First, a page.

James Borrell is a biodiversity scientist and science communicator researching how people and nature can adapt to environmental change.

When to blog and when to stop

It would be both foolhardy, misguided and a bit daft to believe that running this website was a selfless endeavor. That blogging about the ‘things I get up to’ were so noteworthy that the rest of the world needed to hear about them. In reality, I started this blog more for myself than anyone else. Here’s 7 ways that i try to keep it on track.

I started running a website having been on a couple of expeditions, they were reasonably life altering and I enjoyed talking about them (perhaps a little too much). I’d written about them lots of times, so a place to keep the stories and photo’s seemed like a good move. In the early days, no-one read them, so there was no risk of getting too full of myself.

Then three things happened: Having told lots of stories, I started to run out and repeat myself. Having seen a tiny portion of the world, it’s people, places and wildlife; I longed to see more. Lastly I realised, as  romantically and ideologically flawed as it sounds, that I wanted to work hard at something worth doing. Because if a thing is worth doing, it’s worth doing badly until you can do it well.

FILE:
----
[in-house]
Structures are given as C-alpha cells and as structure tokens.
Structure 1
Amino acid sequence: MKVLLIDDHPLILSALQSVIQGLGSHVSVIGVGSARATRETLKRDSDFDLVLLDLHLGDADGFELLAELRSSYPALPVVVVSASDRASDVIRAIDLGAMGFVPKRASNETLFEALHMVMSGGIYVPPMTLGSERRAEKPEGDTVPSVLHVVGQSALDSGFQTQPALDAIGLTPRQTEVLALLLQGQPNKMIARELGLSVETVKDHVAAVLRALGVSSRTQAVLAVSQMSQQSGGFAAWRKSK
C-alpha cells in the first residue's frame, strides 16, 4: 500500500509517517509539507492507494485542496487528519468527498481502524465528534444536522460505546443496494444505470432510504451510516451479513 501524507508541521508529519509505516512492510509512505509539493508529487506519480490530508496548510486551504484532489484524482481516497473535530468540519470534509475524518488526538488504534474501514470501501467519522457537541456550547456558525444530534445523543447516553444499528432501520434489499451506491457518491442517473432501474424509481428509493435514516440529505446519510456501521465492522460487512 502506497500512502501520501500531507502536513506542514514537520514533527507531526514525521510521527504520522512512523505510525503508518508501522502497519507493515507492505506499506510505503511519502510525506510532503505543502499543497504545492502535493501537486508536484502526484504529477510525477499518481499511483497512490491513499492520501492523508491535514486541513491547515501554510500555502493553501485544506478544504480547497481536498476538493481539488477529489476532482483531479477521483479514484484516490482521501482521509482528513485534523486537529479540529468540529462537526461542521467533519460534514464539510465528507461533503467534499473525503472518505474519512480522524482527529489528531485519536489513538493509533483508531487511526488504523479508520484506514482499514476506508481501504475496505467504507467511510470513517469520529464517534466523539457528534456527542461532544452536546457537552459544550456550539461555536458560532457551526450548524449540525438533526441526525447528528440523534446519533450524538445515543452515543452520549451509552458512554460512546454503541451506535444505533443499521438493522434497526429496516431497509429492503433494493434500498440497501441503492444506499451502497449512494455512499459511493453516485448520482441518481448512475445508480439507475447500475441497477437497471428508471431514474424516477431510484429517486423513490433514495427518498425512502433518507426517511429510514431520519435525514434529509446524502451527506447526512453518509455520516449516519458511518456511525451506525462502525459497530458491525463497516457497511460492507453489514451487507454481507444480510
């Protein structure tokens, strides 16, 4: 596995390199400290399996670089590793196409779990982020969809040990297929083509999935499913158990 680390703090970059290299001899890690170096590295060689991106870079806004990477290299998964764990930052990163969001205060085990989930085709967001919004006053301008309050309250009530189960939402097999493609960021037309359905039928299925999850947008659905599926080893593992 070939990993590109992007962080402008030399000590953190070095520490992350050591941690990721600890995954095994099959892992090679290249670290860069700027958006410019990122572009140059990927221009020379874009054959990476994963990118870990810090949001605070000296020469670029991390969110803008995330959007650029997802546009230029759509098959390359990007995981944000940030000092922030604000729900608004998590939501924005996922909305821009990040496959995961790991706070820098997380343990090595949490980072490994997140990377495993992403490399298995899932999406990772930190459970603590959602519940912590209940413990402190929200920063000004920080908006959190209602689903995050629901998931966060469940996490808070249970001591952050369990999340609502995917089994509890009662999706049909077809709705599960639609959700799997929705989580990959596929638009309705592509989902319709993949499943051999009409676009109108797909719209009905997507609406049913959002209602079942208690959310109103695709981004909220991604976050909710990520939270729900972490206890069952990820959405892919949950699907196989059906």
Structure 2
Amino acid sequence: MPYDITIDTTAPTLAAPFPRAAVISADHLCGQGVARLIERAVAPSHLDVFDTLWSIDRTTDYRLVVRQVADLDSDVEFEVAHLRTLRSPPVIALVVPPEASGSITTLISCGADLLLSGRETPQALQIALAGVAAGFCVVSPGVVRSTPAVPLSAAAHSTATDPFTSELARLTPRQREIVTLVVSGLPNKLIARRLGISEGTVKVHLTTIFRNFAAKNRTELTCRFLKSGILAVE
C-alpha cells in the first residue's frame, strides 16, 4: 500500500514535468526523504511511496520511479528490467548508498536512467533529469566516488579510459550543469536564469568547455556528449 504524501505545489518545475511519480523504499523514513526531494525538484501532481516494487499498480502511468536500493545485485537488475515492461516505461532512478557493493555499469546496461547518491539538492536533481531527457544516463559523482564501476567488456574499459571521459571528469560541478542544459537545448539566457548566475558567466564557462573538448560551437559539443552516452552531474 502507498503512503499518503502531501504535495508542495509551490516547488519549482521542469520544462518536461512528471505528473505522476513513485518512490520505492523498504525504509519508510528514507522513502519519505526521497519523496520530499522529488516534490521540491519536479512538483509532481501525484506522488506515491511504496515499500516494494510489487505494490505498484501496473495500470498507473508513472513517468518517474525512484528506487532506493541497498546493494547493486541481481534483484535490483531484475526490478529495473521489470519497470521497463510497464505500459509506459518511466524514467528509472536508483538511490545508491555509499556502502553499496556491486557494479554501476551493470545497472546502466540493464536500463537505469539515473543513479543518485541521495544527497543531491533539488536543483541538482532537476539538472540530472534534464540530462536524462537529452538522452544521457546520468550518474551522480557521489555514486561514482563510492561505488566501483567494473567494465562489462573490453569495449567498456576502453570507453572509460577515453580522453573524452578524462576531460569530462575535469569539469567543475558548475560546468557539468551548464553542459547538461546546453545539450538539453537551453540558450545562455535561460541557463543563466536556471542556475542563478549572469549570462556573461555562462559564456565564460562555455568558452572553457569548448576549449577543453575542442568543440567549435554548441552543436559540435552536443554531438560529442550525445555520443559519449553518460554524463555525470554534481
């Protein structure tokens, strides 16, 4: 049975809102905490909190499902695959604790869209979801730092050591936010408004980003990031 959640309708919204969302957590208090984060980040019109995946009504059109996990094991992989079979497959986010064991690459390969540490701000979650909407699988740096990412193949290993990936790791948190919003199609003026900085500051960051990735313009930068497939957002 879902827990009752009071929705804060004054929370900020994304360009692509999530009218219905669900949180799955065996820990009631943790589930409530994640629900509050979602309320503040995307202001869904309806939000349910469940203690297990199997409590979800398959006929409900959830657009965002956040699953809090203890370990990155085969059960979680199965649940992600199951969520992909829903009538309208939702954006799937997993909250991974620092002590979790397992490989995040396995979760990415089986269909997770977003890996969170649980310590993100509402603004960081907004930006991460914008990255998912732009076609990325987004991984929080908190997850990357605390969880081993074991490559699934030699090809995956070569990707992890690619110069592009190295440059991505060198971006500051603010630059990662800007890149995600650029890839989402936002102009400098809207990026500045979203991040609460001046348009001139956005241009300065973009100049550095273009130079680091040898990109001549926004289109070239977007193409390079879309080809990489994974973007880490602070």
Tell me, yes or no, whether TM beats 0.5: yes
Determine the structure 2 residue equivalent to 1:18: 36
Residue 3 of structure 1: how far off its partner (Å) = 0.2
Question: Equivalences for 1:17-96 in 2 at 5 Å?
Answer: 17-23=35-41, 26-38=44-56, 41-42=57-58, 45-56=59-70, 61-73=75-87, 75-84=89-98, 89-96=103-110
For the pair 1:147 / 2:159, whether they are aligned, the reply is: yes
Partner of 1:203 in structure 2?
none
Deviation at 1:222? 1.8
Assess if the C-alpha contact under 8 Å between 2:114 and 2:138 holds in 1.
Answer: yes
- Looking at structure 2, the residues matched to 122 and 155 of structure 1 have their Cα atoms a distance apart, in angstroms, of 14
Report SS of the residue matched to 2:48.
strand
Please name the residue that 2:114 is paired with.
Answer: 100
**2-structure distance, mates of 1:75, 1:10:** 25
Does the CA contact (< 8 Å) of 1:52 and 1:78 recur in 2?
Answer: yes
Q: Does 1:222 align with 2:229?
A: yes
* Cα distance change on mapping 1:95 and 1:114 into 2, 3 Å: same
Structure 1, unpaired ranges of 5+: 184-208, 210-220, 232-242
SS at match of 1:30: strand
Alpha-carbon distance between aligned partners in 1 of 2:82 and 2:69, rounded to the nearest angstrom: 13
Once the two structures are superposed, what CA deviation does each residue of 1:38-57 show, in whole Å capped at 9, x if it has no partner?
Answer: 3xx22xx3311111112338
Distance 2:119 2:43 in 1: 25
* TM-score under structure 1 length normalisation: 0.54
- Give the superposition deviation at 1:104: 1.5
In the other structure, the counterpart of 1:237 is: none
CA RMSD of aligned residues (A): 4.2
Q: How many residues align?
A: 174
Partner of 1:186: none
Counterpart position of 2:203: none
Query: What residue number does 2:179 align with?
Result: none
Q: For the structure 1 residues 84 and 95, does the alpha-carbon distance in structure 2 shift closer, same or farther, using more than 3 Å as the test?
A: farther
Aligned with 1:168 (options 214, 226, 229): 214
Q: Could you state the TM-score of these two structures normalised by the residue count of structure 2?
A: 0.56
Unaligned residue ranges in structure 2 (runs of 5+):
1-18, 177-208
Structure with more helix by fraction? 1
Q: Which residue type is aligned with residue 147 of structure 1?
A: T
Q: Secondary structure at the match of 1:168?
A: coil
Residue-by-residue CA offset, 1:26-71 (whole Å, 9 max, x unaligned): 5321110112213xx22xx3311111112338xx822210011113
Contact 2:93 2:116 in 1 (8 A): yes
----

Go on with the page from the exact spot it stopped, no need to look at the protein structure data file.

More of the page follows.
So I tried to use what I had learned, embarking on new ventures, writing about them here as a foolproof way of holding myself to account in the knowledge that:

  1. If I talk nonsense, then friends would be the first to say.
  2. If it’s uninteresting, then no-one will read it.
  3. If I exaggerate, then the people I work with will pull me up.
  4. If I mention ‘trying to save the world’, I’ll lose credibility before I even had it.
  5. If I let ego get the better of me, then I’ve missed the point.
  6. If it stops being fun, then I’ll stop.
  7. If it turns out to be worthwhile, then I think I’ll carry on.

Better yet, it’s a way that everyone else can hold me to account. So go on then, how am I doing? Have your say in the comments below.

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